Did I mention it runs for 13 hours on a single tank of gasoline?… Run time matters.
Bottom line, Pulsar is a good option and has a model that will meet your portable power needs.
This Sportsman model is another portable generator in the mid-power range. It creates 6,000 running watts and 7,500 starting watts on gasoline. It also features all the same outlet options of the Pulsar models, as well as having a keyed electric start (I prefer a push button starter so I don’t have to worry about losing the key) and pull start capability.
It doesn’t run quite as long as the Pulsar model, however. On a full 6.2-gallon tank of gasoline, you should expect to get around 9 hours of operation.
This is more than enough for most people, but if you really need that extra time, the Pulsar model might be a better option.
Another generator in this power range worth a closer look is the Smarter Tools ST-GP7500DEB.
It offers the same power output as the Sportsman (7,500 starting watts), has slightly more running watts at 6,200 watts. It also run about 9 hours on its 6.6-gallon gas tank or 7-8 hours on a 5-gallon, 20-pound propane tank. Like the Sportsman it comes with an electric starter, so getting it up and running can be accomplished by anyone.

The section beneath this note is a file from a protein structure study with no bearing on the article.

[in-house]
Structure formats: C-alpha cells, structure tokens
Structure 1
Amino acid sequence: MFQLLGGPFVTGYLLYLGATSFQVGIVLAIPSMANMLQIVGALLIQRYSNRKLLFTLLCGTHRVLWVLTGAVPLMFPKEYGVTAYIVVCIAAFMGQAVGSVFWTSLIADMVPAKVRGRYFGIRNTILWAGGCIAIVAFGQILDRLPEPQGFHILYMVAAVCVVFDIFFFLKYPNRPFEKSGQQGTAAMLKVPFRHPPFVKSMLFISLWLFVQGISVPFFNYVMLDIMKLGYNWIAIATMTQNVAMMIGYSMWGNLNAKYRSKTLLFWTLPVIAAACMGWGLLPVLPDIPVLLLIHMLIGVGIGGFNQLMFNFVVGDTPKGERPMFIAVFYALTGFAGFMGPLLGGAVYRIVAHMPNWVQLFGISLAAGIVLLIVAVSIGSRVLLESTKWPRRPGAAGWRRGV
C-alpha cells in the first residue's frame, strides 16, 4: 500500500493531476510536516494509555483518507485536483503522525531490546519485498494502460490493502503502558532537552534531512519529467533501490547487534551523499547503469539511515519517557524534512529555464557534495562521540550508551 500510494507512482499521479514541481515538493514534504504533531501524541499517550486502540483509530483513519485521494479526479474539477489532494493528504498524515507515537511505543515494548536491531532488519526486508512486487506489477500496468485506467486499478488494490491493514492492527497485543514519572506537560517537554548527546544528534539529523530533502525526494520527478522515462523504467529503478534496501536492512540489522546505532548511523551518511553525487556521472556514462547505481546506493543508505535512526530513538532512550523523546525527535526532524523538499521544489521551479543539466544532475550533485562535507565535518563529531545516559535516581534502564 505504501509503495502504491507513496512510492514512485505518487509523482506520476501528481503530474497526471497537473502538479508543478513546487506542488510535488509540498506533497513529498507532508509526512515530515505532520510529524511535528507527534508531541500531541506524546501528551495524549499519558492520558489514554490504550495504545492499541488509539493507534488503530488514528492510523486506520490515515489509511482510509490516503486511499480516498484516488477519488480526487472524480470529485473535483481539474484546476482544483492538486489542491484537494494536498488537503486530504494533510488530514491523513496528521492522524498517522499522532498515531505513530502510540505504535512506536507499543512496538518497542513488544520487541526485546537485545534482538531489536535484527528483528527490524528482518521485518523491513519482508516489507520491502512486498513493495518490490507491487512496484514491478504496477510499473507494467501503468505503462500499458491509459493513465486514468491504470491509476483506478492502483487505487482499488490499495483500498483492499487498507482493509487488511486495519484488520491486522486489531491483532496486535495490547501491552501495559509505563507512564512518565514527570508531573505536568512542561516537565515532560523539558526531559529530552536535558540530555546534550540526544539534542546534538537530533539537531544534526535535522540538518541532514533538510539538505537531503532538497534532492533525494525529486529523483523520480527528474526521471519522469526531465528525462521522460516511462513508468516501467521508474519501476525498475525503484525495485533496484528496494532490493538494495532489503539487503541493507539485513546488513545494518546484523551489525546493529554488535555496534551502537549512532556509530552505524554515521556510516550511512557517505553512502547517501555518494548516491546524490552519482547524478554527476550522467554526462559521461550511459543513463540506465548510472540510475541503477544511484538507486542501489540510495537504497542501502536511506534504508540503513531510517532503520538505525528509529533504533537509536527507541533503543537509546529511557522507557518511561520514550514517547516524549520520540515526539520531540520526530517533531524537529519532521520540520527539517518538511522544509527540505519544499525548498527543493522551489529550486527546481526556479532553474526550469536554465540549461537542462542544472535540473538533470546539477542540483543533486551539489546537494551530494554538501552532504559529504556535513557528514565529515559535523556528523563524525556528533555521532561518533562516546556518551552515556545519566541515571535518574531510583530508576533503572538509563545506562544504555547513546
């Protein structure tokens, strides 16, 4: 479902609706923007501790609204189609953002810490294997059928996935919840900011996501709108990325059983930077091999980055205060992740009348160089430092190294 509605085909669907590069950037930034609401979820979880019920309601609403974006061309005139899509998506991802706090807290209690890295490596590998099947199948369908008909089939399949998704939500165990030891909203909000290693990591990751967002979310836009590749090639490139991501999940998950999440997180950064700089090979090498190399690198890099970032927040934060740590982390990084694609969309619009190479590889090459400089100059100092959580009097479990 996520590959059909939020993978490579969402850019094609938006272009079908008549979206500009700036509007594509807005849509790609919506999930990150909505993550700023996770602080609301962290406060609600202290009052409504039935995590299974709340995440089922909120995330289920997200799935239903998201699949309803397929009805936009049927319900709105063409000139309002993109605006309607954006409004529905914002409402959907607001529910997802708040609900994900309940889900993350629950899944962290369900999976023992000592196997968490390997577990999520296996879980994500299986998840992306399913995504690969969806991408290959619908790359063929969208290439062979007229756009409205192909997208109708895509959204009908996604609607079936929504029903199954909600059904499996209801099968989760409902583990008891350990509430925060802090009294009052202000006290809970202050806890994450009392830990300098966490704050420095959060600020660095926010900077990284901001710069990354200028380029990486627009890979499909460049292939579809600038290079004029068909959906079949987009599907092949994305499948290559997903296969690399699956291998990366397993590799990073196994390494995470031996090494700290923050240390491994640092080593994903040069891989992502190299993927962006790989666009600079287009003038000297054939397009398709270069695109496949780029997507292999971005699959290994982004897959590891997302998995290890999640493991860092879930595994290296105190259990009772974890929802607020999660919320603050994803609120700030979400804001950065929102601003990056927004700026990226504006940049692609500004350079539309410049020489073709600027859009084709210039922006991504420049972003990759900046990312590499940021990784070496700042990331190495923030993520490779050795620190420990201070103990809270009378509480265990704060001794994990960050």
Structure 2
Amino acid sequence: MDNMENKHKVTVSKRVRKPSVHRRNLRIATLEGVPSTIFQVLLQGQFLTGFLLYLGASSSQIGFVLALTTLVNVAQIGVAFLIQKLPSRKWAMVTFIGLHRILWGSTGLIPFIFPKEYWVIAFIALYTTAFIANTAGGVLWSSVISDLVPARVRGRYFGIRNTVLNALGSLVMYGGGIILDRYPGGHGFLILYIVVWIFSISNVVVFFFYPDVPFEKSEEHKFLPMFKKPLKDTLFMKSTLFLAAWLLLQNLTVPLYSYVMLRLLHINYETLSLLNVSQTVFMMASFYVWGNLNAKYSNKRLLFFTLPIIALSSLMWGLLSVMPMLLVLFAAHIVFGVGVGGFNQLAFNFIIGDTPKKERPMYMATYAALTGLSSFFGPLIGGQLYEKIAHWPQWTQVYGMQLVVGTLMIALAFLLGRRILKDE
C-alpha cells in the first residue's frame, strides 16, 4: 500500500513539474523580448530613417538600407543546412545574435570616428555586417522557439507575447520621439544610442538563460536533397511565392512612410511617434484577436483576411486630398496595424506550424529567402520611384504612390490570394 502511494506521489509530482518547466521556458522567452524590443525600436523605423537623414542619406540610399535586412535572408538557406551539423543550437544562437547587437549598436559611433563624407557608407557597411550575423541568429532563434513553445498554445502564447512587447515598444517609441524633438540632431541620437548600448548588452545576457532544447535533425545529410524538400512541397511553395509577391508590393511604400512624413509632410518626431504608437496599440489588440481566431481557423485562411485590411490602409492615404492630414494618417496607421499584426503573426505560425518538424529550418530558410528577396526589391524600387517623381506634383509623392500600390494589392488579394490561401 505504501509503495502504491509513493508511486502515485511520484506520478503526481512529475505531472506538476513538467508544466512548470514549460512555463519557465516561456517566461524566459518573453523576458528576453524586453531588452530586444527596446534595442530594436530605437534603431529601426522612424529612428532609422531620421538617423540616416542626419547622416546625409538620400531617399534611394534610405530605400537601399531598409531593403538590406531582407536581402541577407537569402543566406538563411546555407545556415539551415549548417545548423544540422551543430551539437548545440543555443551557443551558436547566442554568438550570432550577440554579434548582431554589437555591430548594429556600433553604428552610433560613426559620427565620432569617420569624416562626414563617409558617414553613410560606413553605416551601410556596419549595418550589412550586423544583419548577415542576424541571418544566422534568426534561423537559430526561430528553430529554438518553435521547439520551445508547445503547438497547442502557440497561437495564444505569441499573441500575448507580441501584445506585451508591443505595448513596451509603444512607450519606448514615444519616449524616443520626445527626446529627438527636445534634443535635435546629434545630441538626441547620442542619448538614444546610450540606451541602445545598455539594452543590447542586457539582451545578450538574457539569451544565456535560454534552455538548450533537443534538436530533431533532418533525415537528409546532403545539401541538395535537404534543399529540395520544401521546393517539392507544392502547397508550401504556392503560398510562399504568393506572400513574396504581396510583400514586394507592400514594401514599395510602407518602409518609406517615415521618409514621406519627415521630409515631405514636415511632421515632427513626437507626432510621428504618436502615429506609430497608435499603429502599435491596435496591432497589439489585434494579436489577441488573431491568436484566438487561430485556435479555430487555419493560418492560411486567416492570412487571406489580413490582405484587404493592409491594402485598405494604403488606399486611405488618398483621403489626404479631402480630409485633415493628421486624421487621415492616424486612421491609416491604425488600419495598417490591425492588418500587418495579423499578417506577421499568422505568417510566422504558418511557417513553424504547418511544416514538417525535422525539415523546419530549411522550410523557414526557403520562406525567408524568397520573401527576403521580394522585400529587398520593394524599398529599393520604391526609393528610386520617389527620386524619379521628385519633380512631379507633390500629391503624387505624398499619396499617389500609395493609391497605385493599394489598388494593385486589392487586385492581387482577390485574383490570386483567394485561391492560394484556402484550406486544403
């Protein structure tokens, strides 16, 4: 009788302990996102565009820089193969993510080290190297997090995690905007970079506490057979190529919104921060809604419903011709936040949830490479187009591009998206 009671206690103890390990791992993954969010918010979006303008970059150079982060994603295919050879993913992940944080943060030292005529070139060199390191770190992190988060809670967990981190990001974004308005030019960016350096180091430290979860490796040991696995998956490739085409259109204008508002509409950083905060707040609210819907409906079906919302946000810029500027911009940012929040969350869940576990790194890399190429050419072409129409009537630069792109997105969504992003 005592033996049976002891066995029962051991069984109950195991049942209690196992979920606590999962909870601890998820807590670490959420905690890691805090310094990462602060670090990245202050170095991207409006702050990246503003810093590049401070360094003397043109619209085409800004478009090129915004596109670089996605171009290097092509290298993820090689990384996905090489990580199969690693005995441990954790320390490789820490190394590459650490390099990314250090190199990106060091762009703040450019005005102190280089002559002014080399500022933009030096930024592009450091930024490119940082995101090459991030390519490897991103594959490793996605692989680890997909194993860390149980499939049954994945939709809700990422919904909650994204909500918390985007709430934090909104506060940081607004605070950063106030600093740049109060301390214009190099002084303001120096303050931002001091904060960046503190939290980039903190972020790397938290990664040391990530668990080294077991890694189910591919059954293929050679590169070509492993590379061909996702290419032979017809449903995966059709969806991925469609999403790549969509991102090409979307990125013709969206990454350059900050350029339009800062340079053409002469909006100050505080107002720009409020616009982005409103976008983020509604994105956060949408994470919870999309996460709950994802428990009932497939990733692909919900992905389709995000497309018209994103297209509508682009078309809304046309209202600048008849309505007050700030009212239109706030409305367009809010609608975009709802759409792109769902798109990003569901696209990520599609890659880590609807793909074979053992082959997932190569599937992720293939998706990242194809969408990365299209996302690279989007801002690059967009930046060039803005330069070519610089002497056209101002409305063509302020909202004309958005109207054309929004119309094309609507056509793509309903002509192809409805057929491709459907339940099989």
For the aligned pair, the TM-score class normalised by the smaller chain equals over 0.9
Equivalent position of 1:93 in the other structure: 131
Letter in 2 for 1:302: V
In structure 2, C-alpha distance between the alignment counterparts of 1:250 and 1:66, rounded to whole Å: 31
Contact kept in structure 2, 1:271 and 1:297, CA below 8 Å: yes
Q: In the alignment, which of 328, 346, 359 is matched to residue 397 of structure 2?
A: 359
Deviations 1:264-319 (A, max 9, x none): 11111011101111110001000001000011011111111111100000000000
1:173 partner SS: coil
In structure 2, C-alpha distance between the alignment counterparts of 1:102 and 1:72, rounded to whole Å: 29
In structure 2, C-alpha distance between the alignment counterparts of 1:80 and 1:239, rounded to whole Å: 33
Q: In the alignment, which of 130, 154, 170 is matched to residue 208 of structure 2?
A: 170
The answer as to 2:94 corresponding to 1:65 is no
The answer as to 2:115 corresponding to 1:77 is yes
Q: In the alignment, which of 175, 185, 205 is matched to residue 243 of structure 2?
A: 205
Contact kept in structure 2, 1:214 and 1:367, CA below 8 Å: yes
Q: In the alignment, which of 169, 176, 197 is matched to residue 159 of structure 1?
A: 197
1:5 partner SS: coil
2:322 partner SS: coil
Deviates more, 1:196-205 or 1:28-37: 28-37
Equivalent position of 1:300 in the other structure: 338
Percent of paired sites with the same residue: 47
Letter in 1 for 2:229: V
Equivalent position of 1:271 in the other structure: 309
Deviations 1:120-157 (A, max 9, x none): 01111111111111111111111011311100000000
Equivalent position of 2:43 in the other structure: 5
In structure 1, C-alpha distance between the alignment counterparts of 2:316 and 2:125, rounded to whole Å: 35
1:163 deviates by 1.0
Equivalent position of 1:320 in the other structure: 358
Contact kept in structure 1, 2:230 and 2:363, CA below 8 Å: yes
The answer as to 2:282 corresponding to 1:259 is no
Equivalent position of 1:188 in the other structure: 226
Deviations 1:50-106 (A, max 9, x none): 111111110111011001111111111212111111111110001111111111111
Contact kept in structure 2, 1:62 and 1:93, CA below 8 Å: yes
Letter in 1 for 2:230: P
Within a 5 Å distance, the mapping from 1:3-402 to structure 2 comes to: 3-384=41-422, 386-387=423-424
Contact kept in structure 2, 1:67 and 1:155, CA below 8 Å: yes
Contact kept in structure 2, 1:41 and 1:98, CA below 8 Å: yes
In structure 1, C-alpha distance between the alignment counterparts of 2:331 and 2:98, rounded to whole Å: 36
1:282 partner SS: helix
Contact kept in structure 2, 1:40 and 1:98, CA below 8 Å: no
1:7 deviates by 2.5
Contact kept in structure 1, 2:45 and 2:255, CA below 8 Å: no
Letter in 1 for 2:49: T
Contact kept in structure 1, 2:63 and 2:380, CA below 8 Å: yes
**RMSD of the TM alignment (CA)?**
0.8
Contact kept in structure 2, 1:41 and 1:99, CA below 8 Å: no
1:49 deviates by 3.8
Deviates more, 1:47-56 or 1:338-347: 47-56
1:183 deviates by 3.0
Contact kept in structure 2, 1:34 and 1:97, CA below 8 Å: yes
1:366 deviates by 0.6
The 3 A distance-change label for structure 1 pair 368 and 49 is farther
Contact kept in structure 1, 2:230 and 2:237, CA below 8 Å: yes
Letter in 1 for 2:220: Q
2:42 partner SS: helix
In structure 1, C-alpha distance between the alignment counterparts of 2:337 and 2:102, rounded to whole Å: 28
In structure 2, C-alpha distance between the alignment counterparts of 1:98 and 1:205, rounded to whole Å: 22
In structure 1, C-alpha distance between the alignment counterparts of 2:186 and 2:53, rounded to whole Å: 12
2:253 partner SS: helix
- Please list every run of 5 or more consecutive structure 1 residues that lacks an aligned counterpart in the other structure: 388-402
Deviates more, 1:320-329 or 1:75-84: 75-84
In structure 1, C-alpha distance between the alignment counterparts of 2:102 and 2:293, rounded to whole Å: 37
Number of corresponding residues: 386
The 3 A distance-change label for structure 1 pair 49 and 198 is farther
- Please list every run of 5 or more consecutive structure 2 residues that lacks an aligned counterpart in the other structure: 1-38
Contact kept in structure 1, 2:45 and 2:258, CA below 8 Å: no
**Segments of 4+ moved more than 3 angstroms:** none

The Smarter Tools generator is a good choice if you’re in California or just want a generator that’s a little more environmentally friendlier. It’s fully EPA approved and CARB compliant, so can be used in all 50 states.
Dual Fuel Portable Generator Reviews: Propane and Natural Gas Generators
There aren’t nearly as many propane-natural gas (LPG-NG) dual fuel generators made, because gasoline is by far the most popular fuel source for all portable generators. But if you want a portable generator and don’t want to mess around with gasoline, this NorthStar model fits the bill.
A Honda engine powers this open frame generator. It has easy hook-ups to connect to the propane or natural gas lines in your home. On natural gas, it puts out around 8,400 running watts and 10,000 starting/surge watts, and on propane it generates 9,450 running watts and 10,000 starting/surge watts.